Herdsmen in the Inner Mongolia autonomous region who embraced livestreaming during the COVID-19 outbreak have increased profits from their agricultural products with the help of local official Wu Yunbo, who is also a National People's Congress deputy.
Wu Yunbo, a deputy to the National People's Congress, waits to enter the Great Hall of the People in Beijing for the legislative session last year. (File photo by China Daily)
In the past two months, the story of a cooperative at Dongsala, a village in Jaruug Banner, that mainly sells beef and mutton has gained nearly 1 million followers on Kuaishou, a popular short-video platform.
The village's Party secretary, 41-year-old Wu, pioneered the new business model.
"It's very challenging for a man of my age to try livestreaming. But when I reminded myself that, as a Party secretary, it is my responsibility to help villagers overcome the economic slump due to the epidemic, confidence and encouragement filled me immediately," Wu said.
It was not the first time Wu has helped local farmers and herdsmen earn better livings through creative ways.
In 2013, he established a cooperative for raising cattle that allows both poor and rich farmers to hold shares.
"Rich families invested capital and were paid an annual year-end bonus, on average, of about 15 percent of their investment," he said. "The poor families can either loan their cattle to the cooperative or buy shares in the cooperative."
Poor families receive preferential policies. Wu said families who loaned two cows to the cooperative get one calf back every year in the first five years. Those who buy cooperative shares receive a 12 percent year-end bonus.
"We also hire poor farmers to work on the cooperative farms and pay their medical and other insurance, which gives them basic support in their daily lives," Wu said.
Farmers welcomed the cooperative, which has been successful in recent years. Thanks to the project, 71 families in the village and 55 families in nearby villages, all of whom were poor, had been lifted from poverty by the end of 2017.
The cooperative has since grown to develop an industrial chain that integrates the breeding, processing and sale of cattle. It now has assets worth 58 million yuan ($8.12 million) and annual output of 30 million yuan, Wu said.
He said increased demand for organic food had boosted their business as their cattle are raised on the country's largest grassland. Meat produced by the cooperative is famous for its quality and taste.
"President Xi Jinping's encouragement of our efforts during last year's National People's Congress in Beijing made our beef renowned nationwide. We are so honored," Wu said proudly.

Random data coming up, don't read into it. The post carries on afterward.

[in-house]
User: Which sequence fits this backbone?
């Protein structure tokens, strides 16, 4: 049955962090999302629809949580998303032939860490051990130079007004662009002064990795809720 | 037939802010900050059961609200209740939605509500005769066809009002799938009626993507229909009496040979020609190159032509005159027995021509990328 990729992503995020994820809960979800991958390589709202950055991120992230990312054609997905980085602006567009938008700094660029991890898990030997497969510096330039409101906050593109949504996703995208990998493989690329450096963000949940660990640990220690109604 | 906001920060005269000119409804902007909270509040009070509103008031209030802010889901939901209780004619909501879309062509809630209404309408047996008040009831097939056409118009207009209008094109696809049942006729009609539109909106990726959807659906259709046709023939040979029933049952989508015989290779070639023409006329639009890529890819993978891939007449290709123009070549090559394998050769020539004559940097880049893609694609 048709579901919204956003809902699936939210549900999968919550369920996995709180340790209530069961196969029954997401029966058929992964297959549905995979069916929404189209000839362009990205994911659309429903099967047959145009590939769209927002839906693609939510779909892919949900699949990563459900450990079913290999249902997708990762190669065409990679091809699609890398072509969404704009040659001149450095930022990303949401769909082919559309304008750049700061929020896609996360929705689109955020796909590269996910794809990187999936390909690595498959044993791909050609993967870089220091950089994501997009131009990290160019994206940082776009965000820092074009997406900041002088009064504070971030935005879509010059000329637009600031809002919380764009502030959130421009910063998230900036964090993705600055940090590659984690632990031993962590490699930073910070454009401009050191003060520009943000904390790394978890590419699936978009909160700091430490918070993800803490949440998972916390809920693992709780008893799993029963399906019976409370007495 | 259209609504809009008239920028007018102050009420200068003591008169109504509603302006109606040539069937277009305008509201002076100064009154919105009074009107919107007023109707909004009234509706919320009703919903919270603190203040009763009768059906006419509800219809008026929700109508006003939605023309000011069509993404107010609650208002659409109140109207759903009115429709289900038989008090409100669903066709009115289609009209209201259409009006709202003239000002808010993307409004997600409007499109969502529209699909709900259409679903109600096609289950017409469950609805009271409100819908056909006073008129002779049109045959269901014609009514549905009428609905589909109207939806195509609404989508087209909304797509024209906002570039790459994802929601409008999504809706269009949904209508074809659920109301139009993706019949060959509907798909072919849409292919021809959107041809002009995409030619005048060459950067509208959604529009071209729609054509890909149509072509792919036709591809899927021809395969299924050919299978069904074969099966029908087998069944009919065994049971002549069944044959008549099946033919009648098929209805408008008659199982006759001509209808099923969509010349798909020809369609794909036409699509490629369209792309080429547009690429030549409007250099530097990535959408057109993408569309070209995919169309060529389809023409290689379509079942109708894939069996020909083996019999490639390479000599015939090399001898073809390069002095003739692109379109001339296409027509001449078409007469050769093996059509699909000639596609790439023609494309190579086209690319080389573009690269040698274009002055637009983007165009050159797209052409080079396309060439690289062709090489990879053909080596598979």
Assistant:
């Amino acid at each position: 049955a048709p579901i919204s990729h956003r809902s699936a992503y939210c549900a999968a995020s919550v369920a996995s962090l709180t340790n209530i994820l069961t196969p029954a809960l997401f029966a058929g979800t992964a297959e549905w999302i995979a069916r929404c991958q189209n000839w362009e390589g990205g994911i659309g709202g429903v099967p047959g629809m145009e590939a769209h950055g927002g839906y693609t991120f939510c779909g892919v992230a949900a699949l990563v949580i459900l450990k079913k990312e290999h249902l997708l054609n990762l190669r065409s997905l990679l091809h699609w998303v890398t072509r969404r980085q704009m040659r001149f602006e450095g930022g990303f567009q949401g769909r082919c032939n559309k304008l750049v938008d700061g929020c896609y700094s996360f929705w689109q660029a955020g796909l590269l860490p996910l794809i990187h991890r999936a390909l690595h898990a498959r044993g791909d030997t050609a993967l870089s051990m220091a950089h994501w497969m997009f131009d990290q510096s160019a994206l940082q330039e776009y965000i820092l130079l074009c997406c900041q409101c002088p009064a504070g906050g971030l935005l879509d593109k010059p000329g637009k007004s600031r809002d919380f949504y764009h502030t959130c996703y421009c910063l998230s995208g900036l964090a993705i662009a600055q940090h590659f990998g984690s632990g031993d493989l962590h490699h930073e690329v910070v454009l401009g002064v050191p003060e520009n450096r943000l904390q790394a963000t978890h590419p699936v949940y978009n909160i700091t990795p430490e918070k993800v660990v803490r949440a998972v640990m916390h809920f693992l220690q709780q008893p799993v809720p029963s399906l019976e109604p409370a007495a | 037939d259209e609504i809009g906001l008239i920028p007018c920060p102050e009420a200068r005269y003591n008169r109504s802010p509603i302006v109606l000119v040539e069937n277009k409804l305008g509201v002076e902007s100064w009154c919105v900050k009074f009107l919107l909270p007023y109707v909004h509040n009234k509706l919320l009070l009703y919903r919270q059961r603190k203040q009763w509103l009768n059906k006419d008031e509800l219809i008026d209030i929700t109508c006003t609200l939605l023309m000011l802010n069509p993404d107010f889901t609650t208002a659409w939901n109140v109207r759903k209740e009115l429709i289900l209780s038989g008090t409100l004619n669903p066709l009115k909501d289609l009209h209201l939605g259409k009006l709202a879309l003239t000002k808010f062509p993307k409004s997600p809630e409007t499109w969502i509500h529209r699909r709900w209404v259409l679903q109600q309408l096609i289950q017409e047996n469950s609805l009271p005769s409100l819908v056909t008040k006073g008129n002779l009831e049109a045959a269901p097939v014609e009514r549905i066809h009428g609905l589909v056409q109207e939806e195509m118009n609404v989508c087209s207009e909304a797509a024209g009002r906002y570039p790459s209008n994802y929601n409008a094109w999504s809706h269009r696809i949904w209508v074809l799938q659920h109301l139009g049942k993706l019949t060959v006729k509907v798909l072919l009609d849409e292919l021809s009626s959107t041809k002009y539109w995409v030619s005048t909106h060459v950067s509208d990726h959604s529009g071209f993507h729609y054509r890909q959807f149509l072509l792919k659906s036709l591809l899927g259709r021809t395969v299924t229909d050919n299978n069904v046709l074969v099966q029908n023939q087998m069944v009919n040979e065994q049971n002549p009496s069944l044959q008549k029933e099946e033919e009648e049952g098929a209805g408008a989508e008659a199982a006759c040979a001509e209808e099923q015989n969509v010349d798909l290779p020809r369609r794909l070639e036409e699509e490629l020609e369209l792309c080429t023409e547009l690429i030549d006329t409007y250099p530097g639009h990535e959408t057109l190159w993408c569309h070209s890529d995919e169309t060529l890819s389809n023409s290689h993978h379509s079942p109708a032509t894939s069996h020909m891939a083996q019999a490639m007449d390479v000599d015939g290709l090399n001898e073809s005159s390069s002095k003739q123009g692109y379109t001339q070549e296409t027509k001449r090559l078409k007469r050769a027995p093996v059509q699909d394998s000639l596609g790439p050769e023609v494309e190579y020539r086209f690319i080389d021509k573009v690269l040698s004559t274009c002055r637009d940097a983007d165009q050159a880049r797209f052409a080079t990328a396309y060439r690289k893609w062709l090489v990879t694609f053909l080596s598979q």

In March last year, Xi joined a panel discussion with legislators from the Inner Mongolia autonomous region.
Wu, who is a member of the Mongolian ethnic group, had invited Xi to visit his hometown.
Wu also spoke about how he had led poverty-stricken households toward prosperity through environmentally friendly development.
After listening to him, Xi encouraged Wu to build a strong brand for his enterprise and suggested a new model of high-quality development that prioritizes ecology and is oriented toward green development. Xi also asked how he could get to the village.
"We should not be tempted to sacrifice the environment in exchange for economic growth, or try to break through the red line of ecological protection just because we run into some economic difficulties," Xi said.
Recalling this unforgettable conversation with Xi, Wu said the president was not simply asking about the "roads" to the village, but future paths for villagers in China to move toward prosperity.
Keeping Xi's words in mind, Wu studied new ways to develop the local agricultural business. Over the past year he has cooperated with JD, one of the largest e-commerce platforms in China, to seek a bigger market.
During this year's NPC session, Wu will share a proposal on rural revitalization.
"We are calling for more college students to go back to rural areas and contribute their passion as well as knowledge to the development of their hometown," he said.
"Our cooperative has seen more college students in recent years who contributed a lot to the rapid development of our business, and we welcome more," he said.
"In the cities, they might be little birds. But back on the grassland, they will be eagles with a wider world."